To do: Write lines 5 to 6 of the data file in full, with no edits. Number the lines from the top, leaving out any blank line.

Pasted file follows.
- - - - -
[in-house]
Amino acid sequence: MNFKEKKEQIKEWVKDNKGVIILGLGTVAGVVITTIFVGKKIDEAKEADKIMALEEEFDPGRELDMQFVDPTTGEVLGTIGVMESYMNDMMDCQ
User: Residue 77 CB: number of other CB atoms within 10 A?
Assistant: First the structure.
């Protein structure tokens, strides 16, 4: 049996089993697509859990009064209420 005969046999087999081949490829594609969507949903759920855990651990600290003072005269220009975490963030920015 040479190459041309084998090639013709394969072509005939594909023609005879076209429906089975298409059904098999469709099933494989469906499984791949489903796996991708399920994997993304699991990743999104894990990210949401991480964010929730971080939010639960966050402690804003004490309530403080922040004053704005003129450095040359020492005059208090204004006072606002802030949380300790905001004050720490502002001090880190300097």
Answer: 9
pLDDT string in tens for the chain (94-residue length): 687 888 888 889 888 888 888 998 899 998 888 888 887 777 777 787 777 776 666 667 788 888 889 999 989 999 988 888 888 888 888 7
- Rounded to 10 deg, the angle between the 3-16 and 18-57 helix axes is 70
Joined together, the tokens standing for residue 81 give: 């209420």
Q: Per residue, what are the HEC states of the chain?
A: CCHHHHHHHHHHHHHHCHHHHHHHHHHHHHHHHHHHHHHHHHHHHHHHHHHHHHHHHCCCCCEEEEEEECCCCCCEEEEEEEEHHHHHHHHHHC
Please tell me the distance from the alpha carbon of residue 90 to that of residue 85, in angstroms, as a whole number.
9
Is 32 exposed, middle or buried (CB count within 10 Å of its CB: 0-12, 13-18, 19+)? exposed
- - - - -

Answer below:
């Protein structure tokens, strides 16, 4: 049996089993697509859990009064209420 005969046999087999081949490829594609969507949903759920855990651990600290003072005269220009975490963030920015 040479190459041309084998090639013709394969072509005939594909023609005879076209429906089975298409059904098999469709099933494989469906499984791949489903796996991708399920994997993304699991990743999104894990990210949401991480964010929730971080939010639960966050402690804003004490309530403080922040004053704005003129450095040359020492005059208090204004006072606002802030949380300790905001004050720490502002001090880190300097």
Answer: 9